The Growing Pains of the Vita
It takes only one visit to any GameStop to realize that the Sony Vita is still active in its pursuit to discredit any stigma attached to its name; unfortunately, the verity is that the Vita still combats lessened support from Sony but most importantly is being swept under the rug by most retailers. I understand that the handheld is still in its infancy to some extent, but the lighting in which the handheld is depicted is not only poor, but detrimental to boot.
A fun challenge is tasking yourself with attempting to find the Vita display at your local game store (disclaimer: I tried this at GameStop), and you assuredly won’t find it – okay, you will eventually, but it’s hidden! I visited several GameStops looking for anything for my Vita, honestly just wanting to browse, and I actually experienced a certain amount of difficulty just trying to find the displays.
Having eventually found each display, I realized that the Vita had been relegated (at one store anyways) to the old Gamecube display, and was pushed back towards the back of the store – it still resulted in me doing nearly two laps of the store AND considering the option of asking for help before finding it.
I know, I know, this isn’t Sony’s fault directly, but instead the purported support of most retailers like GameStop and Best Buy is what’s hurting the handheld the most, and that’s because of its lack of titles.
Most retailers are finding anywhere and everywhere to spatially establish a little nook for the handheld, and it’s not only confusing, but assumedly affecting sales as well. Sony and larger retailers are obviously confident that the handheld is able to stand on its own, but don’t view it as impactful as Nintendo’s 3DS in terms of sales or presence; the Vita could honestly benefit from a bit of relocation and restructured support, especially with the release of the Playstation 4 being only a few weeks ago – this is also where Sony could regain some lost footing over Nintendo.
The Vita and Playstation 4 have interchangeably cited one another to bolster current and prospective sales, and it’s long since been established that the Vita can and does offer remote play, so why don’t retailers tether the two in physical marketing? Displaying the Vita alongside the Playstation 4 in stores would not only convey an inextricable and uniform effort on the retailer’s end, but also reinforce sales since the two have somewhat smaller catalogs as of right now.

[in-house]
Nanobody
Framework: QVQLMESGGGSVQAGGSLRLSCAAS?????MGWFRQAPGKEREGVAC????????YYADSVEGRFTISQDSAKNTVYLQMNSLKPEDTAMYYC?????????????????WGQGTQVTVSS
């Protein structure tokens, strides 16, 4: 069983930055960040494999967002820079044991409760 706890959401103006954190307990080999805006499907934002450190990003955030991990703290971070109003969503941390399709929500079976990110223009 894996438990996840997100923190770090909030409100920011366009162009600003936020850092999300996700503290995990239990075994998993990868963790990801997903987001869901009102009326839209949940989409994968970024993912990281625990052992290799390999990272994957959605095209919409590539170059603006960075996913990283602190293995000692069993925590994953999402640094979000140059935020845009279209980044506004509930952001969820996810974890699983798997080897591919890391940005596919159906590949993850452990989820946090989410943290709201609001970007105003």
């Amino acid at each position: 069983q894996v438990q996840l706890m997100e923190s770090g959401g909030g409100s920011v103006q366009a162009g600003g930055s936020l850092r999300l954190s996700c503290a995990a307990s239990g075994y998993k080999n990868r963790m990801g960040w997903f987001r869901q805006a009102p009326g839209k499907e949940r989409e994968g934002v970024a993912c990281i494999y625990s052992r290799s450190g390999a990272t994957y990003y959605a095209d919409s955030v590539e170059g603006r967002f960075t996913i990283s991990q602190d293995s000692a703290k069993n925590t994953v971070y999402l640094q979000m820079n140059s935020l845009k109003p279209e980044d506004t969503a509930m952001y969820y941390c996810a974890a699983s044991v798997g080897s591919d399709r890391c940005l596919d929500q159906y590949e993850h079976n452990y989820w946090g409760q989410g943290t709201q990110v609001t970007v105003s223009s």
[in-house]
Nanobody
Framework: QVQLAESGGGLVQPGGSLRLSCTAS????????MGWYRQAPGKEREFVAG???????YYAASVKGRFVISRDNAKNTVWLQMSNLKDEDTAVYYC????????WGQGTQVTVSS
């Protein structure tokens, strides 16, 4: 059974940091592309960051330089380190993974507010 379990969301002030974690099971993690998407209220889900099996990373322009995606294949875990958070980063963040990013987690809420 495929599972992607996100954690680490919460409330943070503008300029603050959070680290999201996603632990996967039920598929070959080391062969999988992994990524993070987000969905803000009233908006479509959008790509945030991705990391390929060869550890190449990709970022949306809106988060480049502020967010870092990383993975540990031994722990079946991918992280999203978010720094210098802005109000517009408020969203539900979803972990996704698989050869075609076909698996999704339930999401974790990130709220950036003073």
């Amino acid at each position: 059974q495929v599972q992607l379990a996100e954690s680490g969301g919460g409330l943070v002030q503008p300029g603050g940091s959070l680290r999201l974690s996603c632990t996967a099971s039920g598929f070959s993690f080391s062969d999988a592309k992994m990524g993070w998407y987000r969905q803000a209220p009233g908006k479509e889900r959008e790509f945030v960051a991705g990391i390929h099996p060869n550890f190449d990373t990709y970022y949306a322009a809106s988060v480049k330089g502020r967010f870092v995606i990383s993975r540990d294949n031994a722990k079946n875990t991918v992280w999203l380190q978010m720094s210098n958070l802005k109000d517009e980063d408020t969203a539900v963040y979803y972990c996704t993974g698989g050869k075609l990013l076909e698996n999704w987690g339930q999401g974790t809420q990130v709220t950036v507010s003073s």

Do consumers truly need such small reminders? Of course!
When initially shopping for Vita games and accessories, I instinctually went to the newly established Playstation 4 section and blankly stared until realizing that where I assumed the games would be was instead unnecessarily occupied with cases displaying upcoming releases -it’s this type of cavalier approach that’s failing to put the console within direct view of the consumer and instead situating it wherever it’ll fit.
Despite being utterly infatuated with the Vita, it’s an anomalous feeling to walk out of GameStop feeling marginalized and wary of your newest $200+ investment (Okay, I only paid $50, but traded a lot in). Personally, I haven’t gravitated towards a handheld since the initial release of Pokemon in 1998, so finding myself ignoring my nearly new Playstation 3 along with Ni No Kuni in order to replay the Walking Dead and PsOne classics like Final Fantasy VII and IX says a great deal about the handheld – a handheld that’s obviously in need of support.
Honestly, this is the best time to campaign for and restructure support for the Vita, only because the next-gen consoles are reliant on titles that have begun to wane in popularity (e.g. Killzone, Call of Duty, Assassins Creed, etc.) and are completely bereft of must-have titles; the deficit of titles leaves a sizable gap that divides console owners that don’t yet want to make the investment, but have also exhausted their backlog of games to play on their current-gen console.
Allowing the focal point to settle on the Playstation 4 and Vita equally could associatively and intrinsically link the two and help to edge out Microsoft in the first quarter of second-gen sales.
This is also an ideal time to redirect consumer directionality in favor of the Vita; why not restore some of that zest for the console by unhinging all those Vita games from the Turtle Beach display and scooch them on down to the tail-end of the Playstation 4 games and put available games at the forefront – put them on sale!
I understand that Sony is making efforts to sway consumers with offering “free” games with Playstation Plus, but why not place a few Vita heavy-hitters on sale in conjunction with Playstation 4 for the holiday sales? Dropping the price on a few classics like Uncharted: Golden Abyss and LittleBigPlanet, as well as newer releases like Ys: Memories of Celceta and Tearaway could help to reshape the fervor that was once held for the system – shoot, even offering a discounted PSN card alongside a normally priced Vita game would be incentive enough.
Sony has already taken appropriated strides in order to contribute to the allure of the handheld by dropping the price significantly, so I’m hoping they continue onward with that mindset and offer some rockin’ deals for the Vita here in the next few weeks – hopefully that rumored PS4/Vita bundle becomes a reality as well.